I was surrounded by mid-sized business leaders from around the world at the recent EntreLeadership Summit when I was reminded that kiwi businesses are really good at innovation. We have to be, as the New Zealand market is too small to provide sustainable business growth for anyone with big aspirations.
However, whilst we may be great at thinking of new ways to do things, New Zealand businesses are still not thinking big enough. Overseas contemporaries do not allow the market to place constraints on their business and are adapting faster to global markets and trends than we are. They are thinking global rather than local, right from the outset – and are getting a competitive advantage by doing so.
Simon Sinek attended the leadership summit and spoke confidently of how he saw the business leaders of tomorrow acting. One of the pieces of wisdom he offered, which has stuck with me, was the idea that CEO’s need to change their names to CVO (Chief Vision Officer) and adopt the mantra of “I didn’t come this far only to come this far”. This simple idea – conveys the need for business leaders to keep their vision within sight and not let small thinking get in the way of the goal.
So what do you need to do to shake off small thinking, compete on the world stage and achieve sustainable business growth? Here are my recommendations:
When we set goals we tend to overestimate what we can achieve in one year and underestimate what we can achieve in 10 years. So forget about the realities of now and think about what will be possible tomorrow, no matter how improbable it might seem. Where do you want your company to be in 15 years, 20 years, 30? In other words, what is your Big Hairy Audacious Goal (BHAG)? Remember though, that your BHAG must still be in line with the purpose of your company.
Think of Possibilities, Not Possibles
When thinking about where you are going to be in 2035, do not get caught up in the how and what you need to do to get there, just yet. Otherwise, you will get pulled into thinking small again. When you commit to a BHAG, the questions you ask yourself are different from those you ponder over with small goals.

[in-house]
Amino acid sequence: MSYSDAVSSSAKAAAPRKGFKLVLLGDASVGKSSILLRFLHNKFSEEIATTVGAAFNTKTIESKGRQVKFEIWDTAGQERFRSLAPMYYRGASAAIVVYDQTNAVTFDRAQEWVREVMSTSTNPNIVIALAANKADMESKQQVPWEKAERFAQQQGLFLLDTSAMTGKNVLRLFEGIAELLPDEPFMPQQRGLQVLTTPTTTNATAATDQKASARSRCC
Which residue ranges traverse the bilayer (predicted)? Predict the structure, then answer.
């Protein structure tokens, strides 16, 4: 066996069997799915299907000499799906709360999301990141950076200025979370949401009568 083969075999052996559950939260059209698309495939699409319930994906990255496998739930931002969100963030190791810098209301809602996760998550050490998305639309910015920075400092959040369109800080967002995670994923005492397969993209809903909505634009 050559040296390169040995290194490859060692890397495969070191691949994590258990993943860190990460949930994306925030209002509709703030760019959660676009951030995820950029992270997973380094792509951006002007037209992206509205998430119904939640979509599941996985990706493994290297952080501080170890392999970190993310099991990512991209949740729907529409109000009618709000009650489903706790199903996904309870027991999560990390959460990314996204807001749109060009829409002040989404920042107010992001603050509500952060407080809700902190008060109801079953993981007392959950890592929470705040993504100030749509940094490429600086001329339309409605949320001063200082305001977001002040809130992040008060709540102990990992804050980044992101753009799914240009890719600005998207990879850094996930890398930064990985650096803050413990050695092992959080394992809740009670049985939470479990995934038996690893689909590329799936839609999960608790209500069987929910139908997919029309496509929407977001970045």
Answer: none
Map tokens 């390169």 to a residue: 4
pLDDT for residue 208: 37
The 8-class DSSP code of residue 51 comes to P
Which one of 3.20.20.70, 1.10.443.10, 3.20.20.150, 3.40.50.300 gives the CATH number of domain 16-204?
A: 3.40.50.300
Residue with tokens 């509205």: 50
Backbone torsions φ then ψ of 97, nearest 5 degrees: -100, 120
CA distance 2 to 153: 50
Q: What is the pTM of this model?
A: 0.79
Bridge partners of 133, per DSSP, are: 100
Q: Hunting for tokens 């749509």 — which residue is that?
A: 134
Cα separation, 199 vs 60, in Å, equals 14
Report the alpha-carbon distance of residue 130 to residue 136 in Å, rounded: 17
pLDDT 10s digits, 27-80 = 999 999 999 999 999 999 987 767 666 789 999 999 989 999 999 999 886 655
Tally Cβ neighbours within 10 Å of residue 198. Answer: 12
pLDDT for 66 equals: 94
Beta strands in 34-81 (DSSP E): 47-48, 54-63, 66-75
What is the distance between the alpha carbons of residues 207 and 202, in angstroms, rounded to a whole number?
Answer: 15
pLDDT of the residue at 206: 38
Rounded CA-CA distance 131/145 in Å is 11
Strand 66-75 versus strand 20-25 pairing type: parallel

Play to Win
When you focus too much on what can go wrong, you can fall into the trap of being a possum in the headlights and not go anywhere. Ask yourself “are you playing not to lose or are you playing to win?” If you are playing to win, then you tend to focus more on options and opportunities. If you play not to lose, you tend to be reactionary, cautious and close-minded to possibility.
Test the boundaries
Don’t be afraid to step out of your comfort zone. Thinking big means thinking outside of the norm and Outthinking your competitors. If you are not a little scared or feel sick about the ideas you are having, then you are not thinking big enough. As Simon Sinek said, “if you are not willing to blow up your own company, the market will.” Sustainable business growth, innovation and disruption often go hand in hand.
Take an OE
New Zealand is geographically far away from the rest of the world and sometimes this means that we become quite isolated in our thinking, and think small in terms of the scope of our business. Having a small population does not help either. So take some time to visit your overseas suppliers, attend seminars and/or simply take a look around at what else the world has to offer. Being in a different setting can also help you identify new possibilities that you are not exposed to in your own environment. Get away from the office and go somewhere where you can be distracted by something new for a short time. It is true – travel does broaden the mind, especially in business.
Talk to Others
Sharing your ideas with others is important, but make sure they are people you can trust. You also want to stay away from the following personalities whilst you are thinking big:
- The practical person – practicality narrows a team’s vision. Their intentions are good, but they keep the team looking at the problem that needs solving today and not the possibilities of tomorrow.
- The expert – they have seen it all and want to prove it. They only restrict thinking outside of the square, however, and you will miss seeing new opportunities when they are around.
- The ‘stick with what works’ person – their catchphrase is “why bother thinking about this when we already know that what we are doing now works.” This type of thinking just keeps you small and stuck in the same pattern.
Thinking big is best done with the support of others, either with your leadership team or a business advisor. If you need help to guide you through this process and help to keep the ideas flowing and in line with your purpose – give me a call.
For more reading on translating big ideas into competitive advantage and business growth – check out my recent article: Why Thinking Big Is Not Enough To Sustain Business Growth.